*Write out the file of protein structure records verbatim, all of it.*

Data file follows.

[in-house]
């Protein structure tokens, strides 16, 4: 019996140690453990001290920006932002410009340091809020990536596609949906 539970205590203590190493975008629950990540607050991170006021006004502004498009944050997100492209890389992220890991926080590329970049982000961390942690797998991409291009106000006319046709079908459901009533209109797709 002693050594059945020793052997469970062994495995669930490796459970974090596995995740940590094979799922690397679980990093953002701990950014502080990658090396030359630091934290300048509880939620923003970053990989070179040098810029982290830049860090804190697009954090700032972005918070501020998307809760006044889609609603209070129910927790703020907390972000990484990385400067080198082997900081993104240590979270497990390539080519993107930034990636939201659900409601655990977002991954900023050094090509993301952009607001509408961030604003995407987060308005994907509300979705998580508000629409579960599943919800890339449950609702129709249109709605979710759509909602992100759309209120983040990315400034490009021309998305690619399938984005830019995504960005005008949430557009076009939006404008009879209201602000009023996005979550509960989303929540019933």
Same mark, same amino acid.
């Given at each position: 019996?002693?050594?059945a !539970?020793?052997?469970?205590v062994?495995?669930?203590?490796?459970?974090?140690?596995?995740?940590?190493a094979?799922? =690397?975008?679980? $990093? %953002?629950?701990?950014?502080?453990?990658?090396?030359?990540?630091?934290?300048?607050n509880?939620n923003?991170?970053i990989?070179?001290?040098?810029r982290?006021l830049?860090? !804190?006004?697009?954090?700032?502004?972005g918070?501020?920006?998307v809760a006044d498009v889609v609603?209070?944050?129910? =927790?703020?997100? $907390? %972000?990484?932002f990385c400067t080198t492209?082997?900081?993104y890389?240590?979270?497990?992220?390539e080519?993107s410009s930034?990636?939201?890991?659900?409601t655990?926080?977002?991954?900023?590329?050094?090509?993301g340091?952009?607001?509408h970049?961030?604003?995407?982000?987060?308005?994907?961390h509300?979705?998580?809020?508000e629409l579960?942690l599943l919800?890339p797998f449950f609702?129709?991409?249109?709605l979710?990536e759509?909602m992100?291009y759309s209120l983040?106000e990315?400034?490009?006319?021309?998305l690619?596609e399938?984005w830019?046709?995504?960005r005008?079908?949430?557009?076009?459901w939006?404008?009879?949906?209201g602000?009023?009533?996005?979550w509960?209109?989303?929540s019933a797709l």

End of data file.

[in-house]
């Protein structure tokens, strides 16, 4: 019996140690453990001290920006932002410009340091809020990536596609949906 539970205590203590190493975008629950990540607050991170006021006004502004498009944050997100492209890389992220890991926080590329970049982000961390942690797998991409291009106000006319046709079908459901009533209109797709 002693050594059945020793052997469970062994495995669930490796459970974090596995995740940590094979799922690397679980990093953002701990950014502080990658090396030359630091934290300048509880939620923003970053990989070179040098810029982290830049860090804190697009954090700032972005918070501020998307809760006044889609609603209070129910927790703020907390972000990484990385400067080198082997900081993104240590979270497990390539080519993107930034990636939201659900409601655990977002991954900023050094090509993301952009607001509408961030604003995407987060308005994907509300979705998580508000629409579960599943919800890339449950609702129709249109709605979710759509909602992100759309209120983040990315400034490009021309998305690619399938984005830019995504960005005008949430557009076009939006404008009879209201602000009023996005979550509960989303929540019933």
Same mark, same amino acid.
């Given at each position: 019996?002693?050594?059945a !539970?020793?052997?469970?205590v062994?495995?669930?203590?490796?459970?974090?140690?596995?995740?940590?190493a094979?799922? =690397?975008?679980? $990093? %953002?629950?701990?950014?502080?453990?990658?090396?030359?990540?630091?934290?300048?607050n509880?939620n923003?991170?970053i990989?070179?001290?040098?810029r982290?006021l830049?860090? !804190?006004?697009?954090?700032?502004?972005g918070?501020?920006?998307v809760a006044d498009v889609v609603?209070?944050?129910? =927790?703020?997100? $907390? %972000?990484?932002f990385c400067t080198t492209?082997?900081?993104y890389?240590?979270?497990?992220?390539e080519?993107s410009s930034?990636?939201?890991?659900?409601t655990?926080?977002?991954?900023?590329?050094?090509?993301g340091?952009?607001?509408h970049?961030?604003?995407?982000?987060?308005?994907?961390h509300?979705?998580?809020?508000e629409l579960?942690l599943l919800?890339p797998f449950f609702?129709?991409?249109?709605l979710?990536e759509?909602m992100?291009y759309s209120l983040?106000e990315?400034?490009?006319?021309?998305l690619?596609e399938?984005w830019?046709?995504?960005r005008?079908?949430?557009?076009?459901w939006?404008?009879?949906?209201g602000?009023?009533?996005?979550w509960?209109?989303?929540s019933a797709l």